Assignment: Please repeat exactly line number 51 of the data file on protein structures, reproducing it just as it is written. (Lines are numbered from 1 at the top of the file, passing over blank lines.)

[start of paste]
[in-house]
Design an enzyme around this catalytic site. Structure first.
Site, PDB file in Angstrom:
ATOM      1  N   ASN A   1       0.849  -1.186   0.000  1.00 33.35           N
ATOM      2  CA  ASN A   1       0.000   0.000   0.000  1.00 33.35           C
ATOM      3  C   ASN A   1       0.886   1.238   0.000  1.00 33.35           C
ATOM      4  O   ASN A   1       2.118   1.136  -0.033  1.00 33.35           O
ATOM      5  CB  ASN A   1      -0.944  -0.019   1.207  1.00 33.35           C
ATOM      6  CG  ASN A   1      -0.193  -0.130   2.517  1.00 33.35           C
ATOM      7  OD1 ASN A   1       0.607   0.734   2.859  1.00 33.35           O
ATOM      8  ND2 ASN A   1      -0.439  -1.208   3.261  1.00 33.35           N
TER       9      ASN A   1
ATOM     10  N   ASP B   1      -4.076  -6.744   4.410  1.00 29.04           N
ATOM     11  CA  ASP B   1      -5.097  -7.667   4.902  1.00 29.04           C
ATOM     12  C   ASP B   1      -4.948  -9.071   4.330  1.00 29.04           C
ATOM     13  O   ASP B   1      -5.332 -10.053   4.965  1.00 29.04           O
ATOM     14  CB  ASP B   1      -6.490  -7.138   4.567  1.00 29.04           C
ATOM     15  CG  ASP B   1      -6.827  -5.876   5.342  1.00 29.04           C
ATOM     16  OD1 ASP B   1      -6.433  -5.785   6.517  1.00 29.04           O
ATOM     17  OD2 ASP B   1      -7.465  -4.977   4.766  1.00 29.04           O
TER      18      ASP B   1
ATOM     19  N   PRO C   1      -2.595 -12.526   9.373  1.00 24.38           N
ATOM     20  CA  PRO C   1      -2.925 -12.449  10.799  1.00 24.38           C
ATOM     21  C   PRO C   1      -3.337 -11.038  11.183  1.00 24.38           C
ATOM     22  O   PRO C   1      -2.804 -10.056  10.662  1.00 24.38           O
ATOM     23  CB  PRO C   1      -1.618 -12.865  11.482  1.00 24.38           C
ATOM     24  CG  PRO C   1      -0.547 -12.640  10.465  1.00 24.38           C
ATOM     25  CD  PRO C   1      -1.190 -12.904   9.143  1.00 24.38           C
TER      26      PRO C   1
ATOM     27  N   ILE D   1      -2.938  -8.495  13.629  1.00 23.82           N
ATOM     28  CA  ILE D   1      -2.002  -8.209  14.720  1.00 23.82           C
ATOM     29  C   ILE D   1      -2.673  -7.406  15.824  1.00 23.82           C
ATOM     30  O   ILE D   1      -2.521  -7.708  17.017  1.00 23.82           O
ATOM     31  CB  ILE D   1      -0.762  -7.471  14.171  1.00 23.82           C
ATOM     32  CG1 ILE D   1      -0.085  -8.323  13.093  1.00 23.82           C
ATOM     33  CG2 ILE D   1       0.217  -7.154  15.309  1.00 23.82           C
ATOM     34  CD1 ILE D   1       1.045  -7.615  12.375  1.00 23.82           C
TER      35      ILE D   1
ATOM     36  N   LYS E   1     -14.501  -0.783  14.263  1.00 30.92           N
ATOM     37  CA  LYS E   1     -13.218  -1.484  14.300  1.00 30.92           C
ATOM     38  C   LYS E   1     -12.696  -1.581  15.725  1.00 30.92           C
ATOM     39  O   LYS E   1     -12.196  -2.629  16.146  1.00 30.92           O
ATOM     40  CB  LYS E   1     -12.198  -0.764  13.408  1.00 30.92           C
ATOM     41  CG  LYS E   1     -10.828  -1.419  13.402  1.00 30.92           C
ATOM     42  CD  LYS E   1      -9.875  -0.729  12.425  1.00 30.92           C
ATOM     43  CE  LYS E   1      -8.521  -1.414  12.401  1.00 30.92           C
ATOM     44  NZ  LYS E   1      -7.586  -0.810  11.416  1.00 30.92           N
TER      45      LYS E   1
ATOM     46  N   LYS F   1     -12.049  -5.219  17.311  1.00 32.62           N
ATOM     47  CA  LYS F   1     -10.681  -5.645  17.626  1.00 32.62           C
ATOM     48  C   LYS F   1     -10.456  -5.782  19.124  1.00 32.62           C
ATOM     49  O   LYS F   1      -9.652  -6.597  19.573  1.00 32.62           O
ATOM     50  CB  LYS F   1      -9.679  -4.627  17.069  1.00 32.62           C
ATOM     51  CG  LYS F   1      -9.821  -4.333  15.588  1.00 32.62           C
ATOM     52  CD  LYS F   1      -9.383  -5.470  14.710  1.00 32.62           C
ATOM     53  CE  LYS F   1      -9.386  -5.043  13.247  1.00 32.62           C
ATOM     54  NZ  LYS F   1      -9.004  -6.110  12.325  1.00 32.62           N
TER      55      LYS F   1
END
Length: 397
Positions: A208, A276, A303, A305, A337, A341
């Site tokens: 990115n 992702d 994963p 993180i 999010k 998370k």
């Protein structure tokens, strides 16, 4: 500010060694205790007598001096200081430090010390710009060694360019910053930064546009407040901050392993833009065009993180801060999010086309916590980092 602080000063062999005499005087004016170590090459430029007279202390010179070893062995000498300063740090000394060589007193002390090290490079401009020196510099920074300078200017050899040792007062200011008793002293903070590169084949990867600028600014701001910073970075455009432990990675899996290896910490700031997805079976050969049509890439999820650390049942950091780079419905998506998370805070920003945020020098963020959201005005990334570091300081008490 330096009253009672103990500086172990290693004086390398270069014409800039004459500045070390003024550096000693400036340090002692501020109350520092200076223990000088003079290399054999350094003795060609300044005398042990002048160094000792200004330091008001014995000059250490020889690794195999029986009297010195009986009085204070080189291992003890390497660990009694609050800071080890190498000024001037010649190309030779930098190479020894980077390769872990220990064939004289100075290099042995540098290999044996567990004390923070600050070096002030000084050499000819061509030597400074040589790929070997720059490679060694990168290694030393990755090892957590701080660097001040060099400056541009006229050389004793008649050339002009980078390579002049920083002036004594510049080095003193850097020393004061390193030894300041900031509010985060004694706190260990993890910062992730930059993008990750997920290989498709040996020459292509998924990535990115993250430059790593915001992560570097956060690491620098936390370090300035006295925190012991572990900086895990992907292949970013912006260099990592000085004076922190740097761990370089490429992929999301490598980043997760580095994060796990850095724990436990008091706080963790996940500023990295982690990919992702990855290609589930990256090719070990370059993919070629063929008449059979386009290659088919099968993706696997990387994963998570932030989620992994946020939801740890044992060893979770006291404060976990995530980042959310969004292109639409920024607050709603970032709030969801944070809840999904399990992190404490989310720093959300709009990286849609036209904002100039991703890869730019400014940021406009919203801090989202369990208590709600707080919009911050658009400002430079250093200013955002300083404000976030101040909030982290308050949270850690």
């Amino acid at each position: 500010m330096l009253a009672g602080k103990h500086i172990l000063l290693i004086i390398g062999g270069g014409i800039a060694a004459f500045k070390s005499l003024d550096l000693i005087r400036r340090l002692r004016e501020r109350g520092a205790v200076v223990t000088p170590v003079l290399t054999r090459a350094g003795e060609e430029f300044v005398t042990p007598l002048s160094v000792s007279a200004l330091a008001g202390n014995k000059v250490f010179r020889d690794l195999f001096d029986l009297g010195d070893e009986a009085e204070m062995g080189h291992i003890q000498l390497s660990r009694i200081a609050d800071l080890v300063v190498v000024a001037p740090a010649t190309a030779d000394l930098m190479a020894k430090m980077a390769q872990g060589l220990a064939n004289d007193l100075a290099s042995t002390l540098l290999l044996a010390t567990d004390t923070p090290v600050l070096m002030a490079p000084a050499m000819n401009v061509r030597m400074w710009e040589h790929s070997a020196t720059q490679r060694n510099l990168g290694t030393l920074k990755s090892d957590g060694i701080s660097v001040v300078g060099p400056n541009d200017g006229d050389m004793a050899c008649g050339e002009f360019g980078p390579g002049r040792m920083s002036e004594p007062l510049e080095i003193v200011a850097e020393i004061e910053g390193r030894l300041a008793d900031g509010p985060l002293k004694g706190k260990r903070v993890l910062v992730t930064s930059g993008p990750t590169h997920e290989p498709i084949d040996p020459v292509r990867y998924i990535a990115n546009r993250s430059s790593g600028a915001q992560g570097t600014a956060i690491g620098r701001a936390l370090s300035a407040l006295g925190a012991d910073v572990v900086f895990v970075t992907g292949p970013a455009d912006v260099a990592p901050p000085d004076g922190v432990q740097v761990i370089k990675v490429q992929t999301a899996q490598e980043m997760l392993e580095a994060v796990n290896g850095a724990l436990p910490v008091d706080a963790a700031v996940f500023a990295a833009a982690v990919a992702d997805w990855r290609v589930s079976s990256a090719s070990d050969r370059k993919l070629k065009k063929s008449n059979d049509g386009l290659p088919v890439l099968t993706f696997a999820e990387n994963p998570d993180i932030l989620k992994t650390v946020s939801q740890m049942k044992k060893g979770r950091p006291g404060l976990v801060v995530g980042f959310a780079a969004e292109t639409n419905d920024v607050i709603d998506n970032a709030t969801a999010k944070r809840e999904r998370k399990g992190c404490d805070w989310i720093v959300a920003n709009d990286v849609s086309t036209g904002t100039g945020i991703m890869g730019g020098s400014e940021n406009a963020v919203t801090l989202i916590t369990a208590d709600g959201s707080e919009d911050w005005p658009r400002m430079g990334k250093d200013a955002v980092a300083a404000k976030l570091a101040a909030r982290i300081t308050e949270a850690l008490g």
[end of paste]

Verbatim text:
ATOM     48  C   LYS F   1     -10.456  -5.782  19.124  1.00 32.62           C